“So you’ve been here over a week?” the various people at the expat breakfast gathering ask me. Well, yes, I guess so.
A week? Already? my mind asks.
It also responds, Has it only been a week?
Having arrived on the 22nd, it’s one of those feelings where you feel like you’ve been somewhere for three years and yet only three hours. I’m glad we arrived when we did, because a week and a bit has given us the luxury of getting to know the culture, identifying our neighborhood, and settling in.
Since my last entry, lots has happened, but by far the best thing has been getting a membership with The Palms beach Club and Spa. I initially heard about this from my friend Nicole, who encouraged me to look into it when I was in Kuwait because a lot of expats gather there and it’s somewhere teachers hang out on Fridays (the Kuwait version of Saturday). Yesterday we went to an expat breakfast and it was great. We met tons of Canadians and the food was very western. Omelettes, pancakes, french toast, waffles, has browns, a cheese platter, tons of fruit, and lots of juices. It was a great start to the weekend!
The Palms is pretty amazing. It’s big and has a selection of classes to attend: Pilates, Zumba, Yoga, etc. It has a ladies’ section with an AMAZING view (see below) that helps inspire one to obtain that sought-after bikini body. The downside is the incredibly expensive membership fee (squeeze eyes closed and punch in that PIN really fast. It’s like ripping off a Band-Aid) and the sub-par equipment in the Ladies’ section. The lounge chairs don’t adjust very well (they look like maybe they would have been top dollar in the 80s somewhere) and there are kids EVERYWHERE. It’s a very nice place, but it’s like that slightly dated all-inclusive resort you go to, where you know you paid a little too much for a little too little, so you have to amp up the good parts of it whenever you go. I’ll be telling myself how awesome it is the whole time I’m under the sun-bleached umbrellas and getting ignored by the poolside staff. In saying that, I really like it, and it’s one of the best places to go, so say the veteran expats. It’s certainly the most luxurious gym I’ve ever been to!
So…yeah. Pretty impressive. It was definitely good motivation. I wanted to get in that pool so bad, but not before a workout.
In addition to the incredible view while working out, there are three pools, and for whatever reason, a hot tub. The pool water itself is reminiscent of water that cools down when you’re in the bathtub for awhile, hovering somewhere hotter than lukewarm, but not actually heated anymore. In any case, it’s WARM pool water, and I felt the hot tub water to compare. The conclusion is that anyone who needs to enter a hot tub in the Middle East is officially NUTS.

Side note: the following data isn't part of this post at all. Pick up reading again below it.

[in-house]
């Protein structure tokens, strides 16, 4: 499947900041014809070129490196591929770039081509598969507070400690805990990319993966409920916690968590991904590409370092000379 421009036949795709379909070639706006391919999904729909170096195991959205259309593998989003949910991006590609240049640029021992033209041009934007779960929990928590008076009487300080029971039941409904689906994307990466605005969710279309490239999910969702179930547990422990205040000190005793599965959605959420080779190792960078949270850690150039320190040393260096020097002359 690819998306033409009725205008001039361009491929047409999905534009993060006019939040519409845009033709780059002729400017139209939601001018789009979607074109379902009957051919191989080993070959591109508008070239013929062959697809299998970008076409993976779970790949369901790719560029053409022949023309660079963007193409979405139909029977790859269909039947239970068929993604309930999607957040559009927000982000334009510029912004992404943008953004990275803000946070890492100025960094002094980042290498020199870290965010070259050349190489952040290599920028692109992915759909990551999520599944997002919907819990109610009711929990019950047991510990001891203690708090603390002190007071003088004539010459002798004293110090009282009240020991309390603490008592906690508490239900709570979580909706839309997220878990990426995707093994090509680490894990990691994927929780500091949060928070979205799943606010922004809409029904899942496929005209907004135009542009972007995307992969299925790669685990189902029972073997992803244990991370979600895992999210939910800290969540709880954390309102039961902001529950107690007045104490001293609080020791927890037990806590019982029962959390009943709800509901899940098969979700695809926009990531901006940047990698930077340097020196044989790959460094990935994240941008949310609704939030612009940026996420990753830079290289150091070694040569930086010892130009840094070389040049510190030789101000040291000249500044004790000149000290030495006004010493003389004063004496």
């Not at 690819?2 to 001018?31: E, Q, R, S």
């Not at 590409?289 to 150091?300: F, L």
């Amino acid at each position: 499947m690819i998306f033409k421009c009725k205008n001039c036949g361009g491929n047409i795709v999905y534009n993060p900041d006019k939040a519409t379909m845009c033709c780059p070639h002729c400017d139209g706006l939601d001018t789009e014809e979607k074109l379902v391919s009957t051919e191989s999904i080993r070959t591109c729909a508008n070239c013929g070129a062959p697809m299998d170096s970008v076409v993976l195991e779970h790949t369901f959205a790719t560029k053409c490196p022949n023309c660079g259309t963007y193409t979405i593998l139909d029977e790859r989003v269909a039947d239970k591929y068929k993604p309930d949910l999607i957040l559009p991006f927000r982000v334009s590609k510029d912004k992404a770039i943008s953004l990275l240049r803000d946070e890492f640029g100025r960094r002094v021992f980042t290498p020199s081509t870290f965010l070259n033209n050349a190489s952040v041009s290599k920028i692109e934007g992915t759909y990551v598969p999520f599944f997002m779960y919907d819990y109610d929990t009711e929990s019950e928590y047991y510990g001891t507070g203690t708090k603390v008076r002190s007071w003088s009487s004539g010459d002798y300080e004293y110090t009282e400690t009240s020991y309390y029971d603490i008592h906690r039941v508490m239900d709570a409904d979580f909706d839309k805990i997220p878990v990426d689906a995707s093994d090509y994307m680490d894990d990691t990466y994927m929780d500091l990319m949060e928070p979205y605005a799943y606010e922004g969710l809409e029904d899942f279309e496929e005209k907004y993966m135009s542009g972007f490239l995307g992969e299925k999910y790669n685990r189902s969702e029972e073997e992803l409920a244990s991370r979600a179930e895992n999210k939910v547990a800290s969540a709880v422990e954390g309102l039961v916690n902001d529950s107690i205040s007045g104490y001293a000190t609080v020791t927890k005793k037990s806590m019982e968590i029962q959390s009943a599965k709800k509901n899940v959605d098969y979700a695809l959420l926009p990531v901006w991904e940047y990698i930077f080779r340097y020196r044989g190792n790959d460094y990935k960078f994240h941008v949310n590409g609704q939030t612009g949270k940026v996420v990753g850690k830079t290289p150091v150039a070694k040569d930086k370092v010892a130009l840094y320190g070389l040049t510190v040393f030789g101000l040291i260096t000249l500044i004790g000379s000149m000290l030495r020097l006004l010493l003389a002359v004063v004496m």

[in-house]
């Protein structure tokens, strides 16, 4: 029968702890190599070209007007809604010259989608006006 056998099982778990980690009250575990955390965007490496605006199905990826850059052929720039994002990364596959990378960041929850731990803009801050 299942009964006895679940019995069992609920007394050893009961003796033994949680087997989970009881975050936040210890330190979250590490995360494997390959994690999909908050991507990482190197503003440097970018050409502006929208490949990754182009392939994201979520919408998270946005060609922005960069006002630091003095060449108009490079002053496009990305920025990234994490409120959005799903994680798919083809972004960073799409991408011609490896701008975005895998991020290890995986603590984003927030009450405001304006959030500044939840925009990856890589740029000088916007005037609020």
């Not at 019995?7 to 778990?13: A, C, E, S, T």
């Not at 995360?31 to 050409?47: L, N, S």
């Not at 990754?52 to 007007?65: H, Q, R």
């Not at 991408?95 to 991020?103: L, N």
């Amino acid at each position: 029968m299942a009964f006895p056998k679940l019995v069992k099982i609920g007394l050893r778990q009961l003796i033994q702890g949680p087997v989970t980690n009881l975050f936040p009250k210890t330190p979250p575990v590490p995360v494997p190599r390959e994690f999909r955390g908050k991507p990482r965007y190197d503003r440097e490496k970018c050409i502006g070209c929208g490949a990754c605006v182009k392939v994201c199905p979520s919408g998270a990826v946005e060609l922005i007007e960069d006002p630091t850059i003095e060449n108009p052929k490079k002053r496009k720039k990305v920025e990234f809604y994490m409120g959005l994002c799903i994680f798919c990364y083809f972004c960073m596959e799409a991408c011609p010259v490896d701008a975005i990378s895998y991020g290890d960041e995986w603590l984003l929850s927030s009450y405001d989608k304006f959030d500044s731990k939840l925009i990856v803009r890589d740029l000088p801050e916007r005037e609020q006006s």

I was sort of romanticizing the place though, because I thought that the people who would be using the Palms would be mostly expats. The opposite was true of our first day (I shouldn’t jump to conclusions….maybe it sort of increases on other days), when we saw a few expats, but nothing crazy. We were still the minority, and despite my currently pathetic tans and post-workout sweatiness, there were still constant calls of “Hey lady” “Hello” ‘I like girls” while I tried to swim. One area of the pool was so saturated with men just gazing at the female potential in their vicinity that it was actually impossible to do more than tread water. I admit my treading is pretty elegant; I love the water and I’m an excellent swimmer. Still, I wouldn’t think that bobbing around like a moron in the middle of the pool would have attracted so much attention. My hair was plastered to my head in a sweaty ponytail, and I was wearing a three year old swimsuit. No matter. At the Palms on Friday, it was indeed ‘raining’ men.
This slight mishap could have been okay if the expensive poolside meal we chose to indulge in had been a bit better. In their rush to serve the throngs of hungry families that were vacationing, the kitchen succeeded in delivering a lukewarm sandwich and sickly fries. On the other hand, the hummus was amazing, and our second dip in the pool was liberated from the catcalls. Success!
Later on, we were supposed to go to a party, but I had a headache…the first of its kind overseas. This made waiting for our taxi driver (who spent the drive back justifying his lateness with every excuse in the book: “there’s traffic” “you need to call earlier” “blah blah blah”) exponentially more annoying. The taxi drivers in this city are a disaster. Despite having a large expat base, their English is poor, and the past three drivers we’ve had cannot find our apartment despite crystal clear directions. I was slightly irritated, but I was furious when I got home and found out my internet wasn’t working, an unfortunate incident because I wanted to talk to my family and the family friends who are taking care of Noel for me (who isn’t doing very well, sadly). Incensed by the cruelty of the universe, I cursed creatively while I tried everything: shutting the Macbook off, restarting it, plugging the Ethernet cord in, taking it out: repeat process. It finally started working again today, but I might not have the luxury of seeing my little Noellion now, and that bothers me.
Today is a lounge-y day. I tidied my room, and will probably indulge in some reading in bed because like a good girl, I cleaned the day before yesterday.
Tomorrow we get to see our classrooms, which is super exciting, because I want to decorate. It’s an exciting time for teachers, so today being slightly low-key after a busy expat breakfast yesterday is just fine with me. I suspect a Subway dinner (yes, they have it here) and some Netflix is in order tonight. 🙂
Goodnight my fair Canadians! I miss you, I love you.